If a man does not consume his goods at once, but saves them for the future, whether he wants to enlarge his production or to live on his savings (which he holds in the form of money) — in either case, he is counting on the fact that he will be able to exchange his money for the things he needs, when and as he needs them. This means that he is relying on a continuous process of production — which requires an uninterrupted flow of goods saved to fuel further and further production. This flow is “investment capital,” the stock seed of industry. When a rich man lends money to others, what he lends to them is the goods which he has not consumed.

This is the meaning of the concept “investment.” If you have wondered how one can start producing, when nature requires time paid in advance, this is the beneficent process that enables men to do it: a successful man lends his goods to a promising beginner (or to any reputable producer) — in exchange for the payment of interest. The payment is for the risk he is taking: nature does not guarantee man’s success, neither on a farm nor in a factory. If the venture fails, it means that the goods have been consumed without a productive return, so the investor loses his money; if the venture succeeds, the producer pays the interest out of the new goods, the profits, which the investment enabled him to make.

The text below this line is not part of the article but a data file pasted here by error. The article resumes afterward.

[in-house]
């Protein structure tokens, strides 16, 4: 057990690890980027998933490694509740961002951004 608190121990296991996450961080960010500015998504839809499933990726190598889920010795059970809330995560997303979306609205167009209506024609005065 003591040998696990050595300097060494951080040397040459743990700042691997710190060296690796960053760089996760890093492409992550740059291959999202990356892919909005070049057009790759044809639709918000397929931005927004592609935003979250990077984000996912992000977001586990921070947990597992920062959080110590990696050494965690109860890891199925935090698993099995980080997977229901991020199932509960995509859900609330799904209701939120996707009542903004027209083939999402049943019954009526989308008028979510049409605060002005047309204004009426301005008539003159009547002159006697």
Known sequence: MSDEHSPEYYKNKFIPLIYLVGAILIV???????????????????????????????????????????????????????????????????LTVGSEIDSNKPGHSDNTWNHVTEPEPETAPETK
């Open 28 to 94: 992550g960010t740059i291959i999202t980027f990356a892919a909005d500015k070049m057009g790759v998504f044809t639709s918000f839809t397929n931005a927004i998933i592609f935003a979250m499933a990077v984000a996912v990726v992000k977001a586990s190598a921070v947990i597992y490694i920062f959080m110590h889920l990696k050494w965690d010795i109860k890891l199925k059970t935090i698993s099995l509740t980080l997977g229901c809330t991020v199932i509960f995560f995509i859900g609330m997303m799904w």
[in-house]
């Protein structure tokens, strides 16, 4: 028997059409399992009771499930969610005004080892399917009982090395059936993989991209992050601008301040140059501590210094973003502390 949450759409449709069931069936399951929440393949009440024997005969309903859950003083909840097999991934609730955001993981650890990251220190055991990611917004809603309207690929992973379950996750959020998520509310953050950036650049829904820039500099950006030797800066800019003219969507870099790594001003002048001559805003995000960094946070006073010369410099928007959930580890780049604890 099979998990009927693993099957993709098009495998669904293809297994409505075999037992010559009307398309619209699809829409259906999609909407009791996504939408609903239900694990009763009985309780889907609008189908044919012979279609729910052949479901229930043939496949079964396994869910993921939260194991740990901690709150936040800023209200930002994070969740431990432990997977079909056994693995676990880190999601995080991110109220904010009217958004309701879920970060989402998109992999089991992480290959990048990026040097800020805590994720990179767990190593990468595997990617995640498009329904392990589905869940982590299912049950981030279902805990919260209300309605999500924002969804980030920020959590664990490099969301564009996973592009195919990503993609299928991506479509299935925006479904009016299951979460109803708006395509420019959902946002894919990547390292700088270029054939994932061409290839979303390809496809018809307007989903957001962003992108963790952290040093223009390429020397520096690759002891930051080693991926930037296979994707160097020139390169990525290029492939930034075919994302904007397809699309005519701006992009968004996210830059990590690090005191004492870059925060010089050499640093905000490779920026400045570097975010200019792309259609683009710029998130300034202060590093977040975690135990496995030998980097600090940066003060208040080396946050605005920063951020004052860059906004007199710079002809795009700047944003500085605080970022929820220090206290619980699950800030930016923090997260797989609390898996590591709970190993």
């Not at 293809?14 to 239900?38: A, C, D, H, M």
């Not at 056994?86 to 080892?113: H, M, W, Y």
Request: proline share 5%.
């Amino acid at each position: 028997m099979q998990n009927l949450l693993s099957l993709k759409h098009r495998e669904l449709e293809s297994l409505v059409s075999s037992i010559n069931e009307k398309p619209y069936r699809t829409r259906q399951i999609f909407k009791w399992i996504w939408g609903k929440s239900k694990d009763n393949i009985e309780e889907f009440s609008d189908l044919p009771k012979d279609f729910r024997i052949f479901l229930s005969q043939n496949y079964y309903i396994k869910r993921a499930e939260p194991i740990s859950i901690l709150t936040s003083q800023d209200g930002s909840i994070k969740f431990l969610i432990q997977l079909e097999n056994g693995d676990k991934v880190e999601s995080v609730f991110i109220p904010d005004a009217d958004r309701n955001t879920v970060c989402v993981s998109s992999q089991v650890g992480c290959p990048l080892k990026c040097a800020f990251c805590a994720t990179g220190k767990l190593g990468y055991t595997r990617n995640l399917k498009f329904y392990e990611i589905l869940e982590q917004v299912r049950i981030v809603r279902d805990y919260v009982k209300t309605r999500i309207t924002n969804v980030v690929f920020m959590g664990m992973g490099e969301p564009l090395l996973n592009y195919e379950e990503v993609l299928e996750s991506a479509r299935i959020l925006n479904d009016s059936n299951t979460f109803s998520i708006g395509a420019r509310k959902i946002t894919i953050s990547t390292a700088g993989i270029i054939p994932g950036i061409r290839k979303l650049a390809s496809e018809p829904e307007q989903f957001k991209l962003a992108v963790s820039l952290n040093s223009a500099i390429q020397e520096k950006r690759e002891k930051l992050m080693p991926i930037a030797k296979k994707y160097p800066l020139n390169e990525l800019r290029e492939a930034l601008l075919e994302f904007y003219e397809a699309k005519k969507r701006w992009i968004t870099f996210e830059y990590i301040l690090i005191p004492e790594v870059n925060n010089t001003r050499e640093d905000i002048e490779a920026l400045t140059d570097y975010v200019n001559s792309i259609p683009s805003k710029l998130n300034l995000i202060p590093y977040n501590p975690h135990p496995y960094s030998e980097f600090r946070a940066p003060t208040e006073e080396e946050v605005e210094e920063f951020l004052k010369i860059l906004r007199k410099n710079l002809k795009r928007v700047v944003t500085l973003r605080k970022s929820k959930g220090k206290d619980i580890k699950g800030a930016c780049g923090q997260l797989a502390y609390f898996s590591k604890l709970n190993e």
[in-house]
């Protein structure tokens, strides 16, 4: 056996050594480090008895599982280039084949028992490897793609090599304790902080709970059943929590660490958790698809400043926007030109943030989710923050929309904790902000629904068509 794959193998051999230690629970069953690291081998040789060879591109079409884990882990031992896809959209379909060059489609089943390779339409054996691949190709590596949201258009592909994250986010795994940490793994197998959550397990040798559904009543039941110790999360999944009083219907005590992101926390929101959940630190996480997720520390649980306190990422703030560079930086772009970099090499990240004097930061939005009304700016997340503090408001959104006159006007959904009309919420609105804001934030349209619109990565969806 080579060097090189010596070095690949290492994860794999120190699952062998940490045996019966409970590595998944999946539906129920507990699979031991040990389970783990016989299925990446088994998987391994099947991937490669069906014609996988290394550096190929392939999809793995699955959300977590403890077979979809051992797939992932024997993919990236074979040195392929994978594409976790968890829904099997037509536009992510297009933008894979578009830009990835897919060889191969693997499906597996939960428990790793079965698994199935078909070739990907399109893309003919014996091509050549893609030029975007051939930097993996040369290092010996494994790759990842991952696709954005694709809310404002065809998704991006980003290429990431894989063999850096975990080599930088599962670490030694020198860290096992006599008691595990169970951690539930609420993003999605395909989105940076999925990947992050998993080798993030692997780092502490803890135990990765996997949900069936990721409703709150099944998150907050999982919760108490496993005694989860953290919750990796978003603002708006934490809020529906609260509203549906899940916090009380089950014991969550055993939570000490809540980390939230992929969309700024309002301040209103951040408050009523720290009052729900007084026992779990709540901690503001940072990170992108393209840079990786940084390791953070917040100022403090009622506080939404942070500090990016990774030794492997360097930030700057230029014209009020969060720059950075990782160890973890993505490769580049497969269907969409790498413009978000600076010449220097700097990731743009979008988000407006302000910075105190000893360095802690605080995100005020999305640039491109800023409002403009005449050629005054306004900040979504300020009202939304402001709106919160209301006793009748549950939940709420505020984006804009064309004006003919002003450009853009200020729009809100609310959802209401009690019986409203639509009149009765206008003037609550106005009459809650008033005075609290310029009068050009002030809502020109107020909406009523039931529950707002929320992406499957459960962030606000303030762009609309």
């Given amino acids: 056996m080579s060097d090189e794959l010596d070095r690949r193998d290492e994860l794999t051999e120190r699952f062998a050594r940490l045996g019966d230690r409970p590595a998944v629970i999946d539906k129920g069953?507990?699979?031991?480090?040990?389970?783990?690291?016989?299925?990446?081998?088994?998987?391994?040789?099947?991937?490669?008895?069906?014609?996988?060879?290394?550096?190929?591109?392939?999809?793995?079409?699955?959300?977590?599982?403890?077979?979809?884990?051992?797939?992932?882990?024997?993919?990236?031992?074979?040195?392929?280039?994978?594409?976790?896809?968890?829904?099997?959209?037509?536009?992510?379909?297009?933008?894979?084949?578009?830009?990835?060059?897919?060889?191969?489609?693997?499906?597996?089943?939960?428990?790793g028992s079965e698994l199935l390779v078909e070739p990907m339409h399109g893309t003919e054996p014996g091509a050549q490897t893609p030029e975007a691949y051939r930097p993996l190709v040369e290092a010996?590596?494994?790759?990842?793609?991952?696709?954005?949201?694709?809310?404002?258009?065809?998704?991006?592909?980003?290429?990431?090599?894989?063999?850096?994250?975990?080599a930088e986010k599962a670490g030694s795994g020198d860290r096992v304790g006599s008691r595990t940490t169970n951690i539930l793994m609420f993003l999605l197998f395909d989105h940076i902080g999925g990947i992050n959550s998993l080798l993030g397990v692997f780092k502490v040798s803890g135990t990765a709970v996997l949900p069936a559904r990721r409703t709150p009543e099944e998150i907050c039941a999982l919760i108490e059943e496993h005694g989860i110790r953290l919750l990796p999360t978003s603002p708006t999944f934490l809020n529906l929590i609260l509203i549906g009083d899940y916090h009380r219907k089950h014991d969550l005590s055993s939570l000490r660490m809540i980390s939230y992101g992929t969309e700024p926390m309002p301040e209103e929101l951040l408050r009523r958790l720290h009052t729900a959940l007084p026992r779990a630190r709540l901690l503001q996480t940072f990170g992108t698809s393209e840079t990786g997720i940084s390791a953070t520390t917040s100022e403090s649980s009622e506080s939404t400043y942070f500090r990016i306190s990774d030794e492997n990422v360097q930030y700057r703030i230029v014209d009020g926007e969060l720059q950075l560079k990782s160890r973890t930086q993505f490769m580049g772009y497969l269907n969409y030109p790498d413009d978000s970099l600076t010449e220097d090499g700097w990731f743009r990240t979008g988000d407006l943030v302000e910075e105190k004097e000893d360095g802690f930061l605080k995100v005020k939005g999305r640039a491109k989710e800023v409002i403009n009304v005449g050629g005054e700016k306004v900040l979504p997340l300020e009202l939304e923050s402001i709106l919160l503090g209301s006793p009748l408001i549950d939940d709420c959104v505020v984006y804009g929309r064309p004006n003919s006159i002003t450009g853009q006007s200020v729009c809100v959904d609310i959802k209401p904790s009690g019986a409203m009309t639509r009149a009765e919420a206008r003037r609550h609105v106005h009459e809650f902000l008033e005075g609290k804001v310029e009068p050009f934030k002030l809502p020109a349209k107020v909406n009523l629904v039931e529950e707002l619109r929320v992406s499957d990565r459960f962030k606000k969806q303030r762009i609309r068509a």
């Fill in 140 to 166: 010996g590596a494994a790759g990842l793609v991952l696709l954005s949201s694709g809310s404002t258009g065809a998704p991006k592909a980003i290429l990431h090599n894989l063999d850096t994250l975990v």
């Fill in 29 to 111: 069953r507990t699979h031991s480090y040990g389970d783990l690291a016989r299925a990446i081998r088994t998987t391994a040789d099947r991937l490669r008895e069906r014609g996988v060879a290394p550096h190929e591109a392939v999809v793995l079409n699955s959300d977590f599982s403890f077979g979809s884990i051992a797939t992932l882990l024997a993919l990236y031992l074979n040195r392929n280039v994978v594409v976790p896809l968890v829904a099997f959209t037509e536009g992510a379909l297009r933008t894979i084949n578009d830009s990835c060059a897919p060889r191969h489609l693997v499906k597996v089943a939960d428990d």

Observe, and bear in mind above all else, that this process applies only to financing the needs of production, not of consumption — and that its success rests on the investor’s judgment of men’s productive ability, not on his compassion for their feelings, hopes or dreams.

“Egalitarianism and Inflation”
Philosophy: Who Needs It, 131
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